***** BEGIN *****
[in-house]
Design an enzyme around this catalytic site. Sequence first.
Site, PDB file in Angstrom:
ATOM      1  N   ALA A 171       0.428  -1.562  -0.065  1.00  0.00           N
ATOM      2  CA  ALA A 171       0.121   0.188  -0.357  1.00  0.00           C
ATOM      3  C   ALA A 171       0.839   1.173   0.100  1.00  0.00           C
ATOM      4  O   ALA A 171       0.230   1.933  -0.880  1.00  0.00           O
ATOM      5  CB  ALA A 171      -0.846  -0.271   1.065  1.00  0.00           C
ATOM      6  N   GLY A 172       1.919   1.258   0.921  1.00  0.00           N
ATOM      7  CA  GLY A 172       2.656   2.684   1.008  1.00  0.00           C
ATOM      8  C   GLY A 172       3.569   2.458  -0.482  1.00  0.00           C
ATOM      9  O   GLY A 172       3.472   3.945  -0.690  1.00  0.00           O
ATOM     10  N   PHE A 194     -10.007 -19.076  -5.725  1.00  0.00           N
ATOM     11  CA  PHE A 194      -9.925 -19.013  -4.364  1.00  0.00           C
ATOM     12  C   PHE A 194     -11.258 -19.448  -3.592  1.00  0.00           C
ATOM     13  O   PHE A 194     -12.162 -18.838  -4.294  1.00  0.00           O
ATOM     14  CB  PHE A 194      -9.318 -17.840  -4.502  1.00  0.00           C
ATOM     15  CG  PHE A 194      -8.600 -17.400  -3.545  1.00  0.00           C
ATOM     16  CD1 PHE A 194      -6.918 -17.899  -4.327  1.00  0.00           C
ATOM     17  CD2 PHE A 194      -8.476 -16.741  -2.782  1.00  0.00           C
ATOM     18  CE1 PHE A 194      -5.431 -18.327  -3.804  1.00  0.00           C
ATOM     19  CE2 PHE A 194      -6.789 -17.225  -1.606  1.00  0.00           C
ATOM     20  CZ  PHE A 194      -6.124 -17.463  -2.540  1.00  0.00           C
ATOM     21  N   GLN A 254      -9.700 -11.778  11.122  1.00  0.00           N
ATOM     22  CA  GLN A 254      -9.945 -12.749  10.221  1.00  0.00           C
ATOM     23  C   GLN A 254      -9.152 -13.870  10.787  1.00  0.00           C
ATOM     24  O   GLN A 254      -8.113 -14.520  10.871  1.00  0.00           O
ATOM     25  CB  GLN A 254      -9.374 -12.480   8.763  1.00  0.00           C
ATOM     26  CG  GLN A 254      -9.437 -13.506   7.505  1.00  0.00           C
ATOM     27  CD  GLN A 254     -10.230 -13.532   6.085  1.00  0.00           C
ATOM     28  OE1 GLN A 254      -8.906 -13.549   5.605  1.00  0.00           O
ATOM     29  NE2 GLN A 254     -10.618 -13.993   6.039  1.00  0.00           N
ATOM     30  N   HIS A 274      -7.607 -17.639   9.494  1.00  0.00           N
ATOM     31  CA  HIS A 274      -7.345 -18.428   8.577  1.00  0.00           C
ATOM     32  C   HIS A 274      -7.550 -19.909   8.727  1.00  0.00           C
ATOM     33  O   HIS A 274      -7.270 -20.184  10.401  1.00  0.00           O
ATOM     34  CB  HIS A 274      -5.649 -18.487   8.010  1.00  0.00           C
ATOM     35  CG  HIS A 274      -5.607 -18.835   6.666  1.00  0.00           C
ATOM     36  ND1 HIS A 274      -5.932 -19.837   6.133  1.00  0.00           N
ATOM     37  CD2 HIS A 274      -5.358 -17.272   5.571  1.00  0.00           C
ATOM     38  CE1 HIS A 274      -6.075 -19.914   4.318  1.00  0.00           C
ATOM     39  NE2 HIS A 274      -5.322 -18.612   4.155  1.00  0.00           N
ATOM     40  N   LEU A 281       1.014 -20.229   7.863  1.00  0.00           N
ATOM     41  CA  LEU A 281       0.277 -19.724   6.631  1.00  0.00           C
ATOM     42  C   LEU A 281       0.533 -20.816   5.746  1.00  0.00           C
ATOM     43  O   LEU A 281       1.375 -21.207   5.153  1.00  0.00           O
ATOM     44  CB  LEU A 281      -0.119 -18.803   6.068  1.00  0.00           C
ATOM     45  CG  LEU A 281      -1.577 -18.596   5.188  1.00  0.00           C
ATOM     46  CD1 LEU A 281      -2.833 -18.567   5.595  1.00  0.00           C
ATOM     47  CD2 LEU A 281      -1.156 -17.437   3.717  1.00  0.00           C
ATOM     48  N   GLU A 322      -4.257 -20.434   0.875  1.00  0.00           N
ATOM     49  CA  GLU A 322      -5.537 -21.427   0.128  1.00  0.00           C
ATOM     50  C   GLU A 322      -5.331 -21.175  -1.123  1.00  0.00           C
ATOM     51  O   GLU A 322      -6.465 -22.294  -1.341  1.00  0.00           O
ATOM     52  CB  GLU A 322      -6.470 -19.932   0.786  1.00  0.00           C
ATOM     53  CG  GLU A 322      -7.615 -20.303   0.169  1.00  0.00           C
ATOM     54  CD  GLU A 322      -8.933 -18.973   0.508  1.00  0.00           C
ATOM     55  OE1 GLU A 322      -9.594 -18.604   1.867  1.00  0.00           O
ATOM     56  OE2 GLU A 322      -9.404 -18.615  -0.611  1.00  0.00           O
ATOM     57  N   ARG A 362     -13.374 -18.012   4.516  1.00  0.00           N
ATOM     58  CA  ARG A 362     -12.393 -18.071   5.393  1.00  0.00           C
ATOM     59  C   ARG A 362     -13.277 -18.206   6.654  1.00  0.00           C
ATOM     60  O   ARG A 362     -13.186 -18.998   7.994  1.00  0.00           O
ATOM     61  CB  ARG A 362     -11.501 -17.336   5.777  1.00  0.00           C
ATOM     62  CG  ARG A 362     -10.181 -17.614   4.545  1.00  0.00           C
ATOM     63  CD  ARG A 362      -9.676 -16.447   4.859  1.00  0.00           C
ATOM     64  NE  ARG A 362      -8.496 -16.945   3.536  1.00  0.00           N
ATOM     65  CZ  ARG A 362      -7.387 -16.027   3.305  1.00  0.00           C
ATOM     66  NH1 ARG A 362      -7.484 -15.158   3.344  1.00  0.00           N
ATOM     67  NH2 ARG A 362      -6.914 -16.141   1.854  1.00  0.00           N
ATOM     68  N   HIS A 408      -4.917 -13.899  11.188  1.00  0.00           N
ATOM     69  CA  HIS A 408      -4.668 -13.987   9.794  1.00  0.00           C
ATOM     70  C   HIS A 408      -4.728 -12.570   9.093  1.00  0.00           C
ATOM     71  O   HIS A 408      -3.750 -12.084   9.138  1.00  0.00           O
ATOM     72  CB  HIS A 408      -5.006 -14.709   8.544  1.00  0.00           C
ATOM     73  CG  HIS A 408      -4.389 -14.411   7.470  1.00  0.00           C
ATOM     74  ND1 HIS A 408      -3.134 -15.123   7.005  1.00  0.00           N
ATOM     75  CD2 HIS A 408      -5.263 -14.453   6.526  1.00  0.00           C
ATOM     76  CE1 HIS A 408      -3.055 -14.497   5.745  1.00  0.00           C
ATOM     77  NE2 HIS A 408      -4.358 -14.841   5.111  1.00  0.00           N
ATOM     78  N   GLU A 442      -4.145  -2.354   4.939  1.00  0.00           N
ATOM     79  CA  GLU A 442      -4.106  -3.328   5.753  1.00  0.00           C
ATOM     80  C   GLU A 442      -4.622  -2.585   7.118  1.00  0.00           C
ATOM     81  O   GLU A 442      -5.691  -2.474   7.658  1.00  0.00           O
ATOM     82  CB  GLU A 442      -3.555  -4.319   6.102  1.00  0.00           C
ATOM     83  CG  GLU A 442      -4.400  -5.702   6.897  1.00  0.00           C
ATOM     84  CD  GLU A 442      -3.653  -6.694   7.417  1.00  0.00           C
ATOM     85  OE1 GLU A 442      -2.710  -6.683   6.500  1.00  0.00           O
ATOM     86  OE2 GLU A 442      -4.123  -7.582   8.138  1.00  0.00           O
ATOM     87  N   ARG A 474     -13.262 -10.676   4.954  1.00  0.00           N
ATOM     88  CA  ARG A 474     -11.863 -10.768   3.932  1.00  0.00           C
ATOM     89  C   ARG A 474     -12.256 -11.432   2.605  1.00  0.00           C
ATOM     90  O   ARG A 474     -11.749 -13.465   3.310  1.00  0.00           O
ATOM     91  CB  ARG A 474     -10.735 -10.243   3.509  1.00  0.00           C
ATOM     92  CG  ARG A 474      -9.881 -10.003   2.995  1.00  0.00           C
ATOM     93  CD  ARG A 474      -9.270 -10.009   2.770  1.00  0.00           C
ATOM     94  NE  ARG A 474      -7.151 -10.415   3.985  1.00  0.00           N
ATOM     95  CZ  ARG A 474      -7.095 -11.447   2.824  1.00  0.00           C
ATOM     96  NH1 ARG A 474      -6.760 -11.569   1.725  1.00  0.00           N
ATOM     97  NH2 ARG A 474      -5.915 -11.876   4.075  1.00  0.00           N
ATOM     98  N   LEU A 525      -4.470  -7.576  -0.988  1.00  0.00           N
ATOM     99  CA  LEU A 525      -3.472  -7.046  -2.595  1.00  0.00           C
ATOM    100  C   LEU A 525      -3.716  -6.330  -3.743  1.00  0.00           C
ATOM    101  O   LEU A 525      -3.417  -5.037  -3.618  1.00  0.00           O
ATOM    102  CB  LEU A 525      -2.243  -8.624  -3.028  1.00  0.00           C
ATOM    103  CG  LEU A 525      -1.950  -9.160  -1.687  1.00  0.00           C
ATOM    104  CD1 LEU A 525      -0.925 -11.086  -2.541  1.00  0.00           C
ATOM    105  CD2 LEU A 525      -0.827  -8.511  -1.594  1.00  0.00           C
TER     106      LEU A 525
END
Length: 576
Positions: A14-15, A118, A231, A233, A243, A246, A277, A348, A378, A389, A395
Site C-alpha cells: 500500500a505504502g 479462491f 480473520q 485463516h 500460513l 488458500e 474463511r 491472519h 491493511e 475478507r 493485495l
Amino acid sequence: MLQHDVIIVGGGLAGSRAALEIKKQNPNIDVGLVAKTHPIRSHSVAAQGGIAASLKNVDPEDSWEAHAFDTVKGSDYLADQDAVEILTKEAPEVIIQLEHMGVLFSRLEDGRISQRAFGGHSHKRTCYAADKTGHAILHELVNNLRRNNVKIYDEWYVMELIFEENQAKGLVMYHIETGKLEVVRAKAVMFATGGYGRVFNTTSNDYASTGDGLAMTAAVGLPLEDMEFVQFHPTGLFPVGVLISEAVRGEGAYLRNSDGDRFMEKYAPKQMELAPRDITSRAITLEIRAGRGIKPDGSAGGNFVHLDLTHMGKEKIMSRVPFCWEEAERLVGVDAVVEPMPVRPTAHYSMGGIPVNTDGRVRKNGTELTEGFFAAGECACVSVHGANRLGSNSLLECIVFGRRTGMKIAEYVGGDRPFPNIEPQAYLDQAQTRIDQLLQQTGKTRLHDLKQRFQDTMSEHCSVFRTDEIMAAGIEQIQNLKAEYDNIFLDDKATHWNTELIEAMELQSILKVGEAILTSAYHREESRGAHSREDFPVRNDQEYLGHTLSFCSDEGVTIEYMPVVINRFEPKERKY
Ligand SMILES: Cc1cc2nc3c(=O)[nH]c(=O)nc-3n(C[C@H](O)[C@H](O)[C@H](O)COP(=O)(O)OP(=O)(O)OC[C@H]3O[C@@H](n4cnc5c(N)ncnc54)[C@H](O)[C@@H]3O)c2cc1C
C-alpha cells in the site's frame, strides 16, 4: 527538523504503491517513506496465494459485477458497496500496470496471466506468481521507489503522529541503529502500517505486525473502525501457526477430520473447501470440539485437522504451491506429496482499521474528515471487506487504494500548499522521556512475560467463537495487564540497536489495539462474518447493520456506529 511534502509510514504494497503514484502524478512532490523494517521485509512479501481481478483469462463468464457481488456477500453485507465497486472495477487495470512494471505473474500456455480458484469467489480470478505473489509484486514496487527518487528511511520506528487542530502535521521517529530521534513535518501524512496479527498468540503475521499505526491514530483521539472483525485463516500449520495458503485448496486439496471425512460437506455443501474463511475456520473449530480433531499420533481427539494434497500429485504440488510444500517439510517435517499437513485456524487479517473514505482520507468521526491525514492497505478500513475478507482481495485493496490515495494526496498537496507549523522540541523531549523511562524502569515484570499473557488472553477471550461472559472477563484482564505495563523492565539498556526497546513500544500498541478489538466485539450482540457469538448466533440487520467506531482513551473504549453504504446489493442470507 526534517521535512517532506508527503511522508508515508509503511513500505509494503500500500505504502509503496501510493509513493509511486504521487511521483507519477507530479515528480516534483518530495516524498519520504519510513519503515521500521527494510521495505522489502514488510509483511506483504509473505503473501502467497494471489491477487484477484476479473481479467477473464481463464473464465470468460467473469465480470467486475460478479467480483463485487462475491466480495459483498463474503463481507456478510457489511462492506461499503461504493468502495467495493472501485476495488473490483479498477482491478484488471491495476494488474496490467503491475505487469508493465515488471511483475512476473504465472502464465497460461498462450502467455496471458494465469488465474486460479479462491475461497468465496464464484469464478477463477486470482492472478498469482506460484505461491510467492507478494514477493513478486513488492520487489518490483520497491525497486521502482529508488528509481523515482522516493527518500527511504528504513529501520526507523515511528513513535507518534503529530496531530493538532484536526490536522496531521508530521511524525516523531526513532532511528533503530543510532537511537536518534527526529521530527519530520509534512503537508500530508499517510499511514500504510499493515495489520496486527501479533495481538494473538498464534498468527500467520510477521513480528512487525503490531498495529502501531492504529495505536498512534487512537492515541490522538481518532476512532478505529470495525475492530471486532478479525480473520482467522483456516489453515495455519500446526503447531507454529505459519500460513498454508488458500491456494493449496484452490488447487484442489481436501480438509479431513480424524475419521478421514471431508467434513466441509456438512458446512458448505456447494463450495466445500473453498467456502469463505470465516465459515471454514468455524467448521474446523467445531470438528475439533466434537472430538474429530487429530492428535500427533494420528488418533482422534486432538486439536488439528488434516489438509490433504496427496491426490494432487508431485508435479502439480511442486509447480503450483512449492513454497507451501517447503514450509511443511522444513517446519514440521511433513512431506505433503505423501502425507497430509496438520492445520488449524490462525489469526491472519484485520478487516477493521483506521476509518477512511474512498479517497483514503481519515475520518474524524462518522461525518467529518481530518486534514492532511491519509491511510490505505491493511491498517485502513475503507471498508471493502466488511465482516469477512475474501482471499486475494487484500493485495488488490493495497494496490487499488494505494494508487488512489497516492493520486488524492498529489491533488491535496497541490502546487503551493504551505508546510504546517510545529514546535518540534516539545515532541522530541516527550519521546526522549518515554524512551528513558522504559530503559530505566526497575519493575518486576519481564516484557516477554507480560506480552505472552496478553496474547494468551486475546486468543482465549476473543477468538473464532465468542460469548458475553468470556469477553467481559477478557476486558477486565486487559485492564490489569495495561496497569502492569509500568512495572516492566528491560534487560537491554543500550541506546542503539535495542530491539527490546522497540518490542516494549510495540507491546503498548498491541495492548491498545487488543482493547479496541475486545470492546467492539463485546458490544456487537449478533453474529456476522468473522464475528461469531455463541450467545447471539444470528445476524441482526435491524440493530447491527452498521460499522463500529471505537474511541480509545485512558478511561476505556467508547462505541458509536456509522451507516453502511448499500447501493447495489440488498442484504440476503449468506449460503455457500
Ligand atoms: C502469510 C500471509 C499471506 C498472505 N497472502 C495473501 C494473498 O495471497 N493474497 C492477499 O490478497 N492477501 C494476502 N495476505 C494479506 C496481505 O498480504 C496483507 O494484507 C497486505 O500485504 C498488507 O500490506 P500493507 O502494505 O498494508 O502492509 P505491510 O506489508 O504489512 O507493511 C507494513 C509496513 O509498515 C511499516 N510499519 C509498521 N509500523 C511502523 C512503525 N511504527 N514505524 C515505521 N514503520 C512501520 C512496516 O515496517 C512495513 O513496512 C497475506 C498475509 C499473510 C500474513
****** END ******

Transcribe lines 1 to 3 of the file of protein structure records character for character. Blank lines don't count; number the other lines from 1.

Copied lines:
[in-house]
Design an enzyme around this catalytic site. Sequence first.
Site, PDB file in Angstrom: